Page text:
Use this URL to cite or link to this record in EThOS: http://ethos.bl.uk/OrderDetails.do?uin=uk.bl.ethos.576296
Title: The changing demography of Scotland and the impact on the labour market for volunteer labour
Author: Gildea, Jacqueline
Awarding Body: University of Strathclyde
Current Institution: University of Strathclyde
Date of Award: 2012
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Abstract:
Scottish demography is one of population ageing and decline in the longer term. According to the GROS 2008-based projections, the proportion of the working-age population will decrease from 62.6% in 2008 to 59.7% in 2033. Simultaneously, the proportion of those aged 65+ will increase sharply from 19.7% in 2008 to 24.1% by 2033. These changes in demography will affect individual prosperity and public welfare. This dissertation investigates the effects that various levels of migration, fertility, and mortality may have on reducing this ageing and declining population, as well as the ageing work force. It is found that a positive migration of 20,000 (young) migrants annually would maintain a stable working-age population over the projection period to 2050. Improvements in mortality rate will have little effect on the working-age population, while higher fertility may not have a short-term impact, however, may have a positive long-term impact. This dissertation also examines an alterna tive approach to help maintain public welfare in the form of volunteer labour. A model of volunteer behaviour is derived and then combined with the population forecasts. The main findings of the empirical model tested in this dissertation show that fertility and mortality alone would not prevent the supply of volunteer labour from decreasing by 2050. A positive net-migration of 5,000 young migrants annually would maintain the level of volunteers. Given assumptions about the dynamics of volunteer behaviour and natural change only, a rise of 6% in the participation rates of people aged 45-74 would also maintain current volunteer levels by 2050. Finally, this dissertation examines the role of people aged 65+ specifically. Over the last decade, they have accounted for the largest percentage increase in volunteer participation rates. Given both their propensity to volunteer and increasing number, it is reasonable to assume there will be a large pool of older volunteer labour in the future. It is found that the older volunteers can be organised in such a way, as to bring economic benefit in areas such as age-related care to their fellow cohorts; therefore, it would be a partial solution in maintaining individual prosperity and public welfare.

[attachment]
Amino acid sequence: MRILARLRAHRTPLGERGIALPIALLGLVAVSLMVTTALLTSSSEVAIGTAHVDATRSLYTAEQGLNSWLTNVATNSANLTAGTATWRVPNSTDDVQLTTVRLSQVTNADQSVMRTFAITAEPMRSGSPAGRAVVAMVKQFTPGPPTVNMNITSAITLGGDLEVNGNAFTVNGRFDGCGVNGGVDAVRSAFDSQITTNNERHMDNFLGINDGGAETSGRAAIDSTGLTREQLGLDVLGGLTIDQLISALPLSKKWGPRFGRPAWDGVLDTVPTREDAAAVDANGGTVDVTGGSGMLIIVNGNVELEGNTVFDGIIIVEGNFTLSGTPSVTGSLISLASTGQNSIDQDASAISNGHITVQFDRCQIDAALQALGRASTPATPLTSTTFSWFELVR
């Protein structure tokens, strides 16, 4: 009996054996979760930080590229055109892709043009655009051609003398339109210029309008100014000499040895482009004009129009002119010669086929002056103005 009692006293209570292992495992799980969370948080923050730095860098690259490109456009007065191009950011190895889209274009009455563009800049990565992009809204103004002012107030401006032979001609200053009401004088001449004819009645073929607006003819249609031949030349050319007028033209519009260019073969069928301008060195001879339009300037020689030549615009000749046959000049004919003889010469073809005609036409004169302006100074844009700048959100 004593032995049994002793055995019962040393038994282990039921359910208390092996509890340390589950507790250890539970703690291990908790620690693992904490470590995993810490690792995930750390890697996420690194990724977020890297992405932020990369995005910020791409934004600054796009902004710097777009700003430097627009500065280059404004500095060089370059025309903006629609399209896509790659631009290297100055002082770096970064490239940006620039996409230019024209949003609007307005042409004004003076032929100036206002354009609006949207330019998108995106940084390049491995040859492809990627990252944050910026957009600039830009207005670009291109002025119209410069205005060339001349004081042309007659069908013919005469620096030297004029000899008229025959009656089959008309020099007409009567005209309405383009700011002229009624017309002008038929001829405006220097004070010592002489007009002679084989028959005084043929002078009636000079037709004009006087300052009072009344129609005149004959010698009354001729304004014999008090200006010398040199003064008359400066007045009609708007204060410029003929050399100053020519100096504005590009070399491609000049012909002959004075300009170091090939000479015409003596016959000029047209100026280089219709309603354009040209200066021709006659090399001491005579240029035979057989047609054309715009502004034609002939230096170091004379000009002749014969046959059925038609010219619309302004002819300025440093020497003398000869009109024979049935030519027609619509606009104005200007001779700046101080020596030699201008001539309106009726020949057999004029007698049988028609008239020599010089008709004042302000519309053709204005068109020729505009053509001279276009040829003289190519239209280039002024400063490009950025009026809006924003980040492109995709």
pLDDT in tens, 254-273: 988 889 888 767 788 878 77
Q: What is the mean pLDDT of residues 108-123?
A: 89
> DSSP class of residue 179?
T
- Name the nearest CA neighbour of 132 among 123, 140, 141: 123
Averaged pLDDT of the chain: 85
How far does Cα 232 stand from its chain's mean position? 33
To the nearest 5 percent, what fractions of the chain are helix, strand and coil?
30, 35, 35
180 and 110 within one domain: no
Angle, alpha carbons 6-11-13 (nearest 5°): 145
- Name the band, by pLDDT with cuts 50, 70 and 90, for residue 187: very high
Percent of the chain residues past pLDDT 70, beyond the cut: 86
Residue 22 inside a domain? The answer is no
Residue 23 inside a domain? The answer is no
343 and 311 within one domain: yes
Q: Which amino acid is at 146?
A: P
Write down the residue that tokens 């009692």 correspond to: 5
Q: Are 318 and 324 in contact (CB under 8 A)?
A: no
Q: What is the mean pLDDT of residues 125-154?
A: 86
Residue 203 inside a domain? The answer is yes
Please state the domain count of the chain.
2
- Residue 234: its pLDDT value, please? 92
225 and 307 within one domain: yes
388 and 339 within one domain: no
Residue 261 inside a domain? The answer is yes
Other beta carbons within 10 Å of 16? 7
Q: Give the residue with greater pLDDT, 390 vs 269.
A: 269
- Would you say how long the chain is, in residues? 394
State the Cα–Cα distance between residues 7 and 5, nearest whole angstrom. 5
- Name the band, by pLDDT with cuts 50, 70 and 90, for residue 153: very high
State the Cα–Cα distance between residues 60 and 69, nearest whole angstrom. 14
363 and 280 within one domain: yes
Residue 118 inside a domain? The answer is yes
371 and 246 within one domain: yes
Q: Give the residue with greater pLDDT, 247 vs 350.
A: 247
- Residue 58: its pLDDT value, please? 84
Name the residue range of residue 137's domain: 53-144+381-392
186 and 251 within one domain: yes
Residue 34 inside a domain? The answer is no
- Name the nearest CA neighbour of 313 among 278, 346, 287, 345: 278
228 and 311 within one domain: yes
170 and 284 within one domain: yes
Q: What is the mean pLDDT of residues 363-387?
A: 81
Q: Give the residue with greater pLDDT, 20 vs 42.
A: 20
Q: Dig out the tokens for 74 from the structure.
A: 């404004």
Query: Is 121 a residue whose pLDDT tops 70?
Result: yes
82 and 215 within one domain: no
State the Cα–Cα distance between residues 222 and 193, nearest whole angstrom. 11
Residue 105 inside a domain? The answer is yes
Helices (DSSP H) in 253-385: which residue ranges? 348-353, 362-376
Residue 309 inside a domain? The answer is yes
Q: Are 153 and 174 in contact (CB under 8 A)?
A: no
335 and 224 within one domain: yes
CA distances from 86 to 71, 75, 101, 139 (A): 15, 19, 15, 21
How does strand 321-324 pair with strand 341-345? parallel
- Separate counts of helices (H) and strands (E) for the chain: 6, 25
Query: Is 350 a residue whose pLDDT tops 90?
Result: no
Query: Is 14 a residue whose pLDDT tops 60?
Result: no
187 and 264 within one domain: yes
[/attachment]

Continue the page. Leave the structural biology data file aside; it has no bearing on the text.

Supervisor: Not available Sponsor: Not available
Qualification Name: Thesis (Ph.D.) Qualification Level: Doctoral
EThOS ID: uk.bl.ethos.576296  DOI: Not available
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